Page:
F.C.C. Repeals Net Neutrality Rules

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The commission’s chairman, Ajit Pai, vigorously defended the repeal before the vote. He said the rollback of the rules would eventually benefit consumers because broadband providers like AT&T and Comcast could offer them a wider variety of service options. His two fellow Republican commissioners also supported the change, giving them a 3-to-2 majority.

“We are helping consumers and promoting competition,” Mr. Pai said. “Broadband providers will have more incentive to build networks, especially to underserved areas.”

The discarding of the net neutrality regulations is the most significant and controversial action by the F.C.C. under Mr. Pai. In his first 11 months as chairman, he has lifted media ownership limits, eased caps on how much broadband providers can charge business customers and cut back on a low-income broadband program that was slated to be expanded to nationwide carriers.

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What Is Net Neutrality?

The F.C.C. voted to dismantle rules that require internet providers to give consumers equal access to all content online. Here’s how net neutrality works.


By AARON BYRD and NATALIA V. OSIPOVA on Publish Date November 21, 2017.


Photo by Michael Bocchieri/Getty Images.

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His plan for the net neutrality rules, first outlined early this year, set off a flurry of opposition. The issue has bubbled up occasionally for more than a decade, with the debate getting more intense over the years as digital services have become more ingrained in everyday life.

Critics of the changes say that consumers will have more difficulty accessing content online and that start-ups will have to pay to reach consumers. In the past week, there have been hundreds of protests across the country, and many websites have encouraged users to speak up against the repeal.

In front of a room packed with reporters and television cameras from the major networks, the two Democratic commissioners warned of consumer harms to come from the changes.

Mignon Clyburn, one of the Democratic commissioners, presented two accordion folders full of letters protesting the changes, and accused the three Republican commissioners of defying the wishes of millions of Americans by ceding their oversight authority.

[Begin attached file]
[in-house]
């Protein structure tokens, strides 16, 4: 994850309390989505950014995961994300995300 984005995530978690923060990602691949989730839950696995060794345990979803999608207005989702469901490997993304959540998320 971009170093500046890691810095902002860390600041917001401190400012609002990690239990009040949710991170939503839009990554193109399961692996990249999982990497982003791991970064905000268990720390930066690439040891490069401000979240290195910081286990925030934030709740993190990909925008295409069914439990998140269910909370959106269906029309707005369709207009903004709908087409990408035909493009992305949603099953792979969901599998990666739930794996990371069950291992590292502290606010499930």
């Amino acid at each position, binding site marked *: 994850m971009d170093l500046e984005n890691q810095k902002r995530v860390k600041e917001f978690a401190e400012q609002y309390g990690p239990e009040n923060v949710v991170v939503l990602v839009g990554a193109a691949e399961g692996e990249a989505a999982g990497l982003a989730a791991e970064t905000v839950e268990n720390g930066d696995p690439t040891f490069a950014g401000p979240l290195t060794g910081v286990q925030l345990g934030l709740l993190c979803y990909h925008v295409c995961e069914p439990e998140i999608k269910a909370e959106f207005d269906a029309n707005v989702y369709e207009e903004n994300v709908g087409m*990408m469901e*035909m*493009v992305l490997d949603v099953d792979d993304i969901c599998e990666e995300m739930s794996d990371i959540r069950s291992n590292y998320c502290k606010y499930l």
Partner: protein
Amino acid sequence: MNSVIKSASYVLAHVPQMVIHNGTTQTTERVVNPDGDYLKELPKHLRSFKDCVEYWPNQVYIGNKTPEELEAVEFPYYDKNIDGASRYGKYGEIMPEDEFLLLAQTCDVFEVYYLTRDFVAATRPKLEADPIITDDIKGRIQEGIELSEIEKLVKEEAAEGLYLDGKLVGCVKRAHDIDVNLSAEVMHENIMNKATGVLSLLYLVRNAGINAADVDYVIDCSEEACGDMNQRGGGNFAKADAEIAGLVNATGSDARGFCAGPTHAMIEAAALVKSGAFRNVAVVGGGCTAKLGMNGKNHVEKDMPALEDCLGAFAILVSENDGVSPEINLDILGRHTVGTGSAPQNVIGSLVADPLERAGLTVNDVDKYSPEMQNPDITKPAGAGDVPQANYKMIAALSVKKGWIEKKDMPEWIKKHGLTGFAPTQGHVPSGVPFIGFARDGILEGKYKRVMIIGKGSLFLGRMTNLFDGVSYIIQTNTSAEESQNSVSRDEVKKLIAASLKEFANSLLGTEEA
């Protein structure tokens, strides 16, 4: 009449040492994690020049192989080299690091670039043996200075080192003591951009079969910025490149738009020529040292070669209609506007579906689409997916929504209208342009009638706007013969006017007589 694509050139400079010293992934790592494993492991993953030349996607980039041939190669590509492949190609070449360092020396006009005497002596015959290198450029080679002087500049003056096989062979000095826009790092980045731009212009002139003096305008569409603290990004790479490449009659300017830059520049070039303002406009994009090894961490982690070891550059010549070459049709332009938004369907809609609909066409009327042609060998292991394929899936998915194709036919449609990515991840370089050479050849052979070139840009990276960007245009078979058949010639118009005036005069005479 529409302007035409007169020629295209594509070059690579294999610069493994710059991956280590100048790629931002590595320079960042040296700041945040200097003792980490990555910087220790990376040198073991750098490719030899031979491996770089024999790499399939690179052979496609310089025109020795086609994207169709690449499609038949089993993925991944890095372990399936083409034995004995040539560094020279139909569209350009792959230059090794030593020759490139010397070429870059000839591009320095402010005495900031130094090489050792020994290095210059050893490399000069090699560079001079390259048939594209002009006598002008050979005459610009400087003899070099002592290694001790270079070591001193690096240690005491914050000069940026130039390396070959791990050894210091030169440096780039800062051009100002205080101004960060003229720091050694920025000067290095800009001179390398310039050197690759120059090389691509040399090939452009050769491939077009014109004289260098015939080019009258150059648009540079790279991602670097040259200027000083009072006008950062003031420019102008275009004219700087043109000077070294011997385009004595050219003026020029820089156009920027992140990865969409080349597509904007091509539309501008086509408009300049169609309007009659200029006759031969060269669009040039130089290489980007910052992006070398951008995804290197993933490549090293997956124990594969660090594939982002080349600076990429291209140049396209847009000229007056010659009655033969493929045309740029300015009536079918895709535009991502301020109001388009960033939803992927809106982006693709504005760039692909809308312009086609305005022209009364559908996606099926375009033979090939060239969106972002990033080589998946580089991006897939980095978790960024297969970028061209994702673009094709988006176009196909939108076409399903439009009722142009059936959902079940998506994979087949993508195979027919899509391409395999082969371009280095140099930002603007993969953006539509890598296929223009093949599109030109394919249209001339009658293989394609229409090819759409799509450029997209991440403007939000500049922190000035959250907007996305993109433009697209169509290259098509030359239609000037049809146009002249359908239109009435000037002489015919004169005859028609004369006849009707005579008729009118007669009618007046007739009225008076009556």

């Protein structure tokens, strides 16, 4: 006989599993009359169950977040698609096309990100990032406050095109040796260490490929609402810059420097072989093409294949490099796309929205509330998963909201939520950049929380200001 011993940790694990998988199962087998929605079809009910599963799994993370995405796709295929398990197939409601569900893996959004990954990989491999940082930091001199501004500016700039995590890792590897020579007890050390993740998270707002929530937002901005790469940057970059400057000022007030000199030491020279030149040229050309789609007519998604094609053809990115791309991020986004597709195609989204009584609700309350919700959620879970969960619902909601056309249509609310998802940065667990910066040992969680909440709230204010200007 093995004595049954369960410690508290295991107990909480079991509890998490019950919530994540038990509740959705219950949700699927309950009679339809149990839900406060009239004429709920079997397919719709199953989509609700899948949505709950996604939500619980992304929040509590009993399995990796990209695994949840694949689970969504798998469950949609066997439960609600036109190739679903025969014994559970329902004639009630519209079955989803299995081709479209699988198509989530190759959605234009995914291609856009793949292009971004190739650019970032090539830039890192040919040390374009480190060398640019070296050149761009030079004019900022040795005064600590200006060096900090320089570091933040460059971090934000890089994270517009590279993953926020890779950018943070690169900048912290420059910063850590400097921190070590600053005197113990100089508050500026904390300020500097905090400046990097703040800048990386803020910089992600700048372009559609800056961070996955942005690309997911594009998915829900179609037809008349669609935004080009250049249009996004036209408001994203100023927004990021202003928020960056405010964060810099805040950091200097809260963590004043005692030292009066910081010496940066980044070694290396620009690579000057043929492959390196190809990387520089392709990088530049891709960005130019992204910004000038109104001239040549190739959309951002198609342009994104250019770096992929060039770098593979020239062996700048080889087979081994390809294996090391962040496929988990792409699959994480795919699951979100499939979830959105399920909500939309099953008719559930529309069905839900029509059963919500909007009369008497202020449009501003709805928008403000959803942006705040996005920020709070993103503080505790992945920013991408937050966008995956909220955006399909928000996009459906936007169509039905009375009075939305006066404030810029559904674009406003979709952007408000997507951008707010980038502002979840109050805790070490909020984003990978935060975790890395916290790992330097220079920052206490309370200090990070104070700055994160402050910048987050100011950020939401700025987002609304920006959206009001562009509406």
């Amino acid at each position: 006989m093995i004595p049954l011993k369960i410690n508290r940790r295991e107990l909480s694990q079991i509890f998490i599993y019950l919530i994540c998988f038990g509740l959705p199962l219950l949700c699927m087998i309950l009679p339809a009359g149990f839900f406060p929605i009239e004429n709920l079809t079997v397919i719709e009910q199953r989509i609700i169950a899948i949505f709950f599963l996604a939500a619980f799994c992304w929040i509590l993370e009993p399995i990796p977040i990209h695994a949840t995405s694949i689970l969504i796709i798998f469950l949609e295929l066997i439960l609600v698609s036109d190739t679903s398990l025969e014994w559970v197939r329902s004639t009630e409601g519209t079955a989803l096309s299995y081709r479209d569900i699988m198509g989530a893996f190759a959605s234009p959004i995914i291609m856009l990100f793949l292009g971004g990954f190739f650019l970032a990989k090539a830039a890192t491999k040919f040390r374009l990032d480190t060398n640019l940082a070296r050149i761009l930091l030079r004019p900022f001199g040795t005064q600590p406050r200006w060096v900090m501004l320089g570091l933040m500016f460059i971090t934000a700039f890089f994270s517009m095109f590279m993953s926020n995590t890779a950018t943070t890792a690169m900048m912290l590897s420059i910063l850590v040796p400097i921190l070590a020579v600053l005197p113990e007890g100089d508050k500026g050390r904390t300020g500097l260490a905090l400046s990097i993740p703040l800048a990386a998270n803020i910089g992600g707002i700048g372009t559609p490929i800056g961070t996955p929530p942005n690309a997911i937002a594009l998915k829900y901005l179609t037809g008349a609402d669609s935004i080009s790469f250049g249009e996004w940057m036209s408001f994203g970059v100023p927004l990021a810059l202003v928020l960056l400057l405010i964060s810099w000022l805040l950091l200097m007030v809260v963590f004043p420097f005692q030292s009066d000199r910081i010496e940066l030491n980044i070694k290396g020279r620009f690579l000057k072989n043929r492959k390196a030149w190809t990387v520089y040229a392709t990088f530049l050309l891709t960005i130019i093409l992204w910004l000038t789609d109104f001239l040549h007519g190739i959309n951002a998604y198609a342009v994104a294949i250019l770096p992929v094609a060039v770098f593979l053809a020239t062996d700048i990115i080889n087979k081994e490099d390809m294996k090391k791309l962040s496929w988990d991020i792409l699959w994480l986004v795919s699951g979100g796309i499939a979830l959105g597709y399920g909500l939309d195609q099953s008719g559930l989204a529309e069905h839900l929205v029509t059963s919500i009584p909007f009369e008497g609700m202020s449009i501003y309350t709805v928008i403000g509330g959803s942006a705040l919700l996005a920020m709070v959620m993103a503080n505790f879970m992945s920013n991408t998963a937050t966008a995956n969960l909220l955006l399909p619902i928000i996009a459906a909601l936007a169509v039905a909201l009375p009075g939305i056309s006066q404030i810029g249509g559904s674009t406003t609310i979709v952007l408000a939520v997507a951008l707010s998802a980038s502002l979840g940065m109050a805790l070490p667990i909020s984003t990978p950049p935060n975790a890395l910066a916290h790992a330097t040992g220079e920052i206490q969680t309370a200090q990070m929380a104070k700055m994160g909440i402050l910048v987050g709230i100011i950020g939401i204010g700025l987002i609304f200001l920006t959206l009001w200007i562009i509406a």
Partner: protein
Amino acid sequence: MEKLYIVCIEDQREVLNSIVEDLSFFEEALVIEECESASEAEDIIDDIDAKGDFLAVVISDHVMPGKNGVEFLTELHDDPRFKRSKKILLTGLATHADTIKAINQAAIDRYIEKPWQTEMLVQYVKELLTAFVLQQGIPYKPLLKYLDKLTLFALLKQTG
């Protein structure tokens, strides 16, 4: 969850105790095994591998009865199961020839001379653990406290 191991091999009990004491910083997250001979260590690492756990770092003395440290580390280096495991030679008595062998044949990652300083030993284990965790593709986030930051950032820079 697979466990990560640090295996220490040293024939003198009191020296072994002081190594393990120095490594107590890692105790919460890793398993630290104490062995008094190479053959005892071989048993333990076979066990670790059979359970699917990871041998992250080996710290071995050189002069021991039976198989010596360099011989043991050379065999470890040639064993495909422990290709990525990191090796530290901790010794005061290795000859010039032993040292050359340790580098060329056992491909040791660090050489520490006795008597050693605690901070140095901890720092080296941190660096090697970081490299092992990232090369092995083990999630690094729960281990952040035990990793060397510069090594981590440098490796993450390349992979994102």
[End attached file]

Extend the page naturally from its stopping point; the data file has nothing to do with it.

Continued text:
“I dissent, because I am among the millions outraged,” said Ms. Clyburn. “Outraged, because the F.C.C. pulls its own teeth, abdicating responsibility to protect the nation’s broadband consumers.”

Brendan Carr, a Republican commissioner, said it was a “great day” and dismissed critics’ “apocalyptic” warnings.

“I’m proud to end this two-year experiment with heavy-handed regulation,” Mr. Carr said.

During Mr. Pai’s speech before the vote, security guards entered the meeting room at the F.C.C. headquarters and told everyone to evacuate. The commissioners were ushered out a back door. The agency did not say what had caused the evacuation, other than Mr. Pai saying it had been done “on advice of security.” The hearing restarted a short time later.

Despite all the uproar, it is unclear how much will eventually change for internet users. Major telecom companies like AT&T and Comcast, as well as two of the industry’s major trade groups, have promised consumers that their experiences online would not change.

Mr. Pai and his Republican colleagues have echoed the comments of the telecom companies, which have told regulators that because of the limits to their business imposed by the rules, they weren’t expanding and upgrading their networks as quickly as they wanted.

“There is a lot of misinformation that this is the ‘end of the world as we know it’ for the internet,” Comcast’s senior executive vice president, David Cohen, wrote in a blog post this week. “Our internet service is not going to change.”

But with the F.C.C. making clear that it will no longer oversee the behavior of broadband providers, telecom experts said, the companies could feel freer to come up with new offerings, such as faster tiers of service for online businesses willing and able to pay for it. Some of those costs could be passed on to consumers.

Those experts also said that such prioritization could stifle certain political voices or give the telecom conglomerates with media assets an edge over their rivals.

Consumer groups, start-ups and many small businesses said there have already been examples of net neutrality violations by companies, such as when AT&T blocked FaceTime on iPhones using its network.

These critics of Mr. Pai, who was nominated by President Trump, said there isn’t enough competition in the broadband market to trust that the companies will try to offer the best services. The rule changes, they believe, give providers incentive to begin charging websites to reach consumers.

“Let’s remember why we have these rules in the first place,” said Michael Beckerman, president of the Internet Association, the trade group. “There is little competition in the broadband service market.”

Dozens of Democratic lawmakers, and some Republicans, have pushed for Congress to pass a law on the issue.

One Republican commissioner, Mike O’Reilly, said he supported a law created by Congress for net neutrality. But he said any law should be less restrictive than the 2015 rules, protecting the ability of companies to charge for faster lanes, a practice known as “paid prioritization.”

Any legislative action appears to be far off, however, and numerous online companies warned that the changes approved on Thursday should be taken seriously.

“If we don’t have net neutrality protections that enforce tenets of fairness online, you give internet service providers the ability to choose winners and losers,” Steve Huffman, chief executive of Reddit, said in an interview. “This is not hyperbole.”

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